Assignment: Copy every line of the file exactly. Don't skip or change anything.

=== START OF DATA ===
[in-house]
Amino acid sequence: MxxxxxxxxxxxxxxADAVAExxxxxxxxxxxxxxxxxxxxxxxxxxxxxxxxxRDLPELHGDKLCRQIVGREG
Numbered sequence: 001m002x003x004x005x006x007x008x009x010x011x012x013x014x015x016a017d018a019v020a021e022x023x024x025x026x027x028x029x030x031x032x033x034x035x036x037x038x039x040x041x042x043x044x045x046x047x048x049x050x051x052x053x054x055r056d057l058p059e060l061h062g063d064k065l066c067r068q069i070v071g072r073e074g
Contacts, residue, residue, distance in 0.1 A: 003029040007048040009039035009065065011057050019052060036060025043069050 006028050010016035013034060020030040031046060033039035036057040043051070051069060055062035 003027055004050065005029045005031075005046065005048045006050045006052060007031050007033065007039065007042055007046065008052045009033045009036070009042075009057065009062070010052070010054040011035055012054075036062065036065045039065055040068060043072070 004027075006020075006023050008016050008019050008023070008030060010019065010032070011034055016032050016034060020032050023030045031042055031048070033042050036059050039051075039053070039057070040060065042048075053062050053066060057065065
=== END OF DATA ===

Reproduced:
[in-house]
Amino acid sequence: MxxxxxxxxxxxxxxADAVAExxxxxxxxxxxxxxxxxxxxxxxxxxxxxxxxxRDLPELHGDKLCRQIVGREG
Numbered sequence: 001m002x003x004x005x006x007x008x009x010x011x012x013x014x015x016a017d018a019v020a021e022x023x024x025x026x027x028x029x030x031x032x033x034x035x036x037x038x039x040x041x042x043x044x045x046x047x048x049x050x051x052x053x054x055r056d057l058p059e060l061h062g063d064k065l066c067r068q069i070v071g072r073e074g
Contacts, residue, residue, distance in 0.1 A: 003029040007048040009039035009065065011057050019052060036060025043069050 006028050010016035013034060020030040031046060033039035036057040043051070051069060055062035 003027055004050065005029045005031075005046065005048045006050045006052060007031050007033065007039065007042055007046065008052045009033045009036070009042075009057065009062070010052070010054040011035055012054075036062065036065045039065055040068060043072070 004027075006020075006023050008016050008019050008023070008030060010019065010032070011034055016032050016034060020032050023030045031042055031048070033042050036059050039051075039053070039057070040060065042048075053062050053066060057065065